What’s the Difference Between Opioids and Opiates?
The terms “opioid” and “opiate” are often used interchangeably to describe the entire class of pain-relieving drugs that bind to opioid receptors, whether they’re natural, synthetic or semi-synthetic.
In medical circles, “opioid” traditionally refers to the synthetic and semi-synthetic drugs in this class, while “opiate” traditionally refers to opium alkaloids, or the natural derivatives. But according to The National Alliance of Advocates for Buprenorphine Treatment, the term “opioid” has recently come to apply to all opioids and opiates. The National Institute on Drug Abuse also classifies all of the drugs that act on opiate receptors as “opioids,” regardless of how they’re produced.
Four Classes of Opioids
Using the term “opioid” to mean any of the drugs that bind to opioid receptors, there are four classes of opioids:
- Endogenous opioids, which are produced by the body
- Opium alkaloids, or natural opiates, which include codeine and morphine
- Semi-synthetic opioids, which include hydrocodone, oxycodone and buprenorphine
- Fully synthetic opioids, which include Fentanyl, methadone and naloxone.
Opioids are prescribed for mild to severe pain. When they attach to the opioid receptors in the body, they send signals to the brain to reduce the severity of the pain. They also slow breathing, produce a sense of calm and well-being and often have euphoric effects.
Different Ways to Categorize Opioids
Opioids can be categorized in a number of ways. They can be classified based on their typical use, such as anesthesia (Fentanyl), treating severe pain (morphine), treating moderate or chronic pain (hydromorphone), treating mild pain or cough (codeine) and treating diarrhea (loperamide).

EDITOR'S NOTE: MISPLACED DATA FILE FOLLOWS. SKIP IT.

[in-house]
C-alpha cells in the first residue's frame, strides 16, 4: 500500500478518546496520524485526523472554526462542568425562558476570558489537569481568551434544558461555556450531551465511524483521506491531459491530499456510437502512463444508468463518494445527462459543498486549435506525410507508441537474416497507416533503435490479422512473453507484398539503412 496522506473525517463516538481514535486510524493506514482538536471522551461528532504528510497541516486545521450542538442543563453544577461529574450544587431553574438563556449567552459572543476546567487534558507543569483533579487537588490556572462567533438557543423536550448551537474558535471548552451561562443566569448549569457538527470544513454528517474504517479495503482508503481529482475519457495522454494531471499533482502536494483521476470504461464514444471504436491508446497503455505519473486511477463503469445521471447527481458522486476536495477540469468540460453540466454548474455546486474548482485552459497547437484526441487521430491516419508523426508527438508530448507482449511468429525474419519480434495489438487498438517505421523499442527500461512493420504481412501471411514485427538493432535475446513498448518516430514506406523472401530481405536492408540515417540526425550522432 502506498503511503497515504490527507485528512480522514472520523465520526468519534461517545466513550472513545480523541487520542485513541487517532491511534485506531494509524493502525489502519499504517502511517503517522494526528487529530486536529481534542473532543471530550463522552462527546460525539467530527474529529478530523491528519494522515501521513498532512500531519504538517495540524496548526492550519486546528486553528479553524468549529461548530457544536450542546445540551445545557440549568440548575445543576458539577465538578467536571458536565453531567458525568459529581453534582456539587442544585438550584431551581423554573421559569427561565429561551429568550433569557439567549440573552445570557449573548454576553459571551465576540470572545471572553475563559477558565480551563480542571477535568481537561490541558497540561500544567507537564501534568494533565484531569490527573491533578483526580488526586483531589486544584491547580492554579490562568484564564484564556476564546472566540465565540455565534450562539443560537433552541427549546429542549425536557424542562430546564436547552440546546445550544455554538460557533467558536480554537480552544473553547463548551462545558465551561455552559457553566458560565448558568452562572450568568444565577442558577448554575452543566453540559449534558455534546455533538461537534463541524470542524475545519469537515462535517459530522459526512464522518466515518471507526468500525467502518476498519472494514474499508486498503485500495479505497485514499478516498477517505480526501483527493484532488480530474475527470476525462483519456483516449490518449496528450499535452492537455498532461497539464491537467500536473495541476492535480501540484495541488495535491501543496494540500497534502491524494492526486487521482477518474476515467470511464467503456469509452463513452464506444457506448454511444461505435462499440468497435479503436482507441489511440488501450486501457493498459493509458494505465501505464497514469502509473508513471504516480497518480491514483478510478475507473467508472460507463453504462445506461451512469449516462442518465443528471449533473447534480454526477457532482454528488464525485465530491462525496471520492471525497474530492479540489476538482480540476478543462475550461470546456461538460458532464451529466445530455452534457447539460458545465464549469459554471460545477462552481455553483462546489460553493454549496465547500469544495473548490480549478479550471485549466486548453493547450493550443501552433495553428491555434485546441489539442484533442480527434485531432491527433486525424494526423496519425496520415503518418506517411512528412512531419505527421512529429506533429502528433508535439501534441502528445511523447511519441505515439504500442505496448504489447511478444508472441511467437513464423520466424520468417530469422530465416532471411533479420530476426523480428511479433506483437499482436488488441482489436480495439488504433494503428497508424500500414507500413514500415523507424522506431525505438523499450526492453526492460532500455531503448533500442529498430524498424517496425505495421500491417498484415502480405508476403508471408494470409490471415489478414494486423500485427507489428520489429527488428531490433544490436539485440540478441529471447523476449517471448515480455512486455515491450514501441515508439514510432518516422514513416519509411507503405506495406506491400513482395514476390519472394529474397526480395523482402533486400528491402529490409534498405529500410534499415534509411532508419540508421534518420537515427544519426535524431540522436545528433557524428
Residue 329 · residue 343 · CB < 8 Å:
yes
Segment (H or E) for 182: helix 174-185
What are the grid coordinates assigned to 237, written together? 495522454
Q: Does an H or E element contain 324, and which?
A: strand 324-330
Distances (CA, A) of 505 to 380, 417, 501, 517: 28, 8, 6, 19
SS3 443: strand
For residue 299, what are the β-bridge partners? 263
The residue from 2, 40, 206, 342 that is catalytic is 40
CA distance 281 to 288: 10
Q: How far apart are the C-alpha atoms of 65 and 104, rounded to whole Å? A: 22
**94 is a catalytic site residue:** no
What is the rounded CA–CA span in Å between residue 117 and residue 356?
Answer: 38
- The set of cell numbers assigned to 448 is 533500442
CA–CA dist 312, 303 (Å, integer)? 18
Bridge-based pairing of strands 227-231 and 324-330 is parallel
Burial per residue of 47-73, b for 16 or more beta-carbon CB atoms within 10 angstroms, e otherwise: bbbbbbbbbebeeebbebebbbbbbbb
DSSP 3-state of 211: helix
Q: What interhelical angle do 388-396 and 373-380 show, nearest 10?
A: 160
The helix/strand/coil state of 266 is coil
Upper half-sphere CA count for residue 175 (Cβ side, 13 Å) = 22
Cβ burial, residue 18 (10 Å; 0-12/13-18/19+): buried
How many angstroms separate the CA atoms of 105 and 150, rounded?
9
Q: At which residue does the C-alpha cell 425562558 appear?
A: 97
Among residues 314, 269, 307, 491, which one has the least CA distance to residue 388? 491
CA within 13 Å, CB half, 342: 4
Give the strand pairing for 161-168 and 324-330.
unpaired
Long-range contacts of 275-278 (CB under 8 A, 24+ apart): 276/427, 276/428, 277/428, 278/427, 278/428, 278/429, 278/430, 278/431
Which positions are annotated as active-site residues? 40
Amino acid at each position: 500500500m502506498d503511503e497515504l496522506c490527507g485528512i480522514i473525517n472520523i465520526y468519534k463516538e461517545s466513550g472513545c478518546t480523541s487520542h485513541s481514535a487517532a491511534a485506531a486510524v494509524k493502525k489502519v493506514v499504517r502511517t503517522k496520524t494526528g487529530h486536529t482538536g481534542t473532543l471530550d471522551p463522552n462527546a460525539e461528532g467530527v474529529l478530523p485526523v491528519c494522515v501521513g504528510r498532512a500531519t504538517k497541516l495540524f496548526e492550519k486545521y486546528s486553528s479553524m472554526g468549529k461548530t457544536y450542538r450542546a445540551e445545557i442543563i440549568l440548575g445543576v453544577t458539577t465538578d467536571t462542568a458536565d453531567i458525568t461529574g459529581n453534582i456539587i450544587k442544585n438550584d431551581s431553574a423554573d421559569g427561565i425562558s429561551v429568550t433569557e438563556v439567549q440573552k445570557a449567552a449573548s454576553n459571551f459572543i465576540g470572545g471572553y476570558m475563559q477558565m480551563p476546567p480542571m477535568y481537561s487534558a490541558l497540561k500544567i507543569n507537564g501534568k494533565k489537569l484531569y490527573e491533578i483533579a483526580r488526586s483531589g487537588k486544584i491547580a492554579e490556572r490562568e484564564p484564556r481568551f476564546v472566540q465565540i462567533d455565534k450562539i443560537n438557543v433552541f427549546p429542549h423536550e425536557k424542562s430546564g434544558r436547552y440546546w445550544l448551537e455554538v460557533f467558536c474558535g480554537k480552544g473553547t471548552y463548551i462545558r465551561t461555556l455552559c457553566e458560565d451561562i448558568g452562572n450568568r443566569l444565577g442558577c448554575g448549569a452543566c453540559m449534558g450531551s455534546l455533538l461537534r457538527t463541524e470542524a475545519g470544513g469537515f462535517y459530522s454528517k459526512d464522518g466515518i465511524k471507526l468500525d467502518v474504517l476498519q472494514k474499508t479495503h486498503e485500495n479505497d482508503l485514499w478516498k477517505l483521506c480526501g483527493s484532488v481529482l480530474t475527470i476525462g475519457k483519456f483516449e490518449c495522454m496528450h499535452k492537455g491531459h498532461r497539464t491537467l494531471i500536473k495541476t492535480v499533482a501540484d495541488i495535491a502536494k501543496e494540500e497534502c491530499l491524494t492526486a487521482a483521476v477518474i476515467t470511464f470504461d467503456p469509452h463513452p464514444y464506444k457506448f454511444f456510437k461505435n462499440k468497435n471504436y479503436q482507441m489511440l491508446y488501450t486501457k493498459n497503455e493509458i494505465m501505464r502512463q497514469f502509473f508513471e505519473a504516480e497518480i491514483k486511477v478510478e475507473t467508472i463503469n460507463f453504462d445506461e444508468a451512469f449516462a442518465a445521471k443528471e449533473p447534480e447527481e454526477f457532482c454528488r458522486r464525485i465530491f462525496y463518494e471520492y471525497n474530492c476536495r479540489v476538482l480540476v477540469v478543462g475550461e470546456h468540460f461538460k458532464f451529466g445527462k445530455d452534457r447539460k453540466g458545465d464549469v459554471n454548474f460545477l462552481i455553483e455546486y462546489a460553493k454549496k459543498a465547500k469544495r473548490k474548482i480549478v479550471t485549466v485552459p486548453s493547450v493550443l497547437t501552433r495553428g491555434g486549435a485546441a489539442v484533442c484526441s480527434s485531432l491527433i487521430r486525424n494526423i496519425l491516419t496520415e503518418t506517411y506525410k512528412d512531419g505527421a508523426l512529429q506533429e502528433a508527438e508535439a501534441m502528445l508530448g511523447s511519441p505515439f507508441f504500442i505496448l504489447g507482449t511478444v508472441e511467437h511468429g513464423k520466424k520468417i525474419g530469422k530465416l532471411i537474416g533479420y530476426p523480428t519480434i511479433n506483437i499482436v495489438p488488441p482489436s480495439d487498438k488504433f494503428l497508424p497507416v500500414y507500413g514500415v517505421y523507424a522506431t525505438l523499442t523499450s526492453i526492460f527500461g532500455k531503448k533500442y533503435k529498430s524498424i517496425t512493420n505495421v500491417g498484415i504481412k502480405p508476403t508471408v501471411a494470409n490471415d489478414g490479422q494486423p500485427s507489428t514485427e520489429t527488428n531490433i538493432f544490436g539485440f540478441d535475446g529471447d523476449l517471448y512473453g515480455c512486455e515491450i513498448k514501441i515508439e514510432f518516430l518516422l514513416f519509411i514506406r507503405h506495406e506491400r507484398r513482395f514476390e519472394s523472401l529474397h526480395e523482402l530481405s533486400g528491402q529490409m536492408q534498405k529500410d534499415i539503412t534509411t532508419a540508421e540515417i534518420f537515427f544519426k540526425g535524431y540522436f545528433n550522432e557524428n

An opioid can also be categorized based on how it interacts with opioid receptors. In this case, the classifications are full agonist, partial agonist or antagonist.
Agonist opioids fully activate the opioid receptors and produce the full opioid effect. Agonists include heroin, oxycodone, methadone and morphine.
Partial agonist opioids activate the opioid receptors, but to a much lesser degree than full agonists, producing far weaker effects. Partial agonists include buprenorphine, which is used to treat an addiction to opioids by staving off cravings and withdrawal symptoms without producing the intense effects of drugs like heroin and oxycodone.
Antagonist opioids attach to the opioid receptors without activating them. These drugs don’t cause any opioid effects, and they block agonist opioids from attaching to the receptors. Naltrexone and naloxone are both antagonists. Naloxone can be used to reverse a heroin overdose, and it’s available to the general public by prescription as a hand-held, single-use injector known as Evzio. When it’s injected into muscle, it reverses the action of the agonist opioid on the receptor to restore respiratory function until medical personnel arrive.
Opioids are highly addictive due to their extremely euphoric effects, and dependence can develop in a short period of time due to the fact that opioids produce a high degree of tolerance very quickly. This means that as the brain changes the way it functions in order to compensate for the presence of the opioid, increasingly higher doses are needed to get the desired effects.
Over time, a shift in brain function and structure may occur, and the brain will begin to operate more “normally” when the opioid is in the system than when it’s not. As a result, withdrawal symptoms will set in when the drug use is discontinued. These symptoms can be excruciating, and withdrawal typically requires a medical detox program that uses various medications as needed to relieve the intensity of symptoms and reduce the duration of the detox process.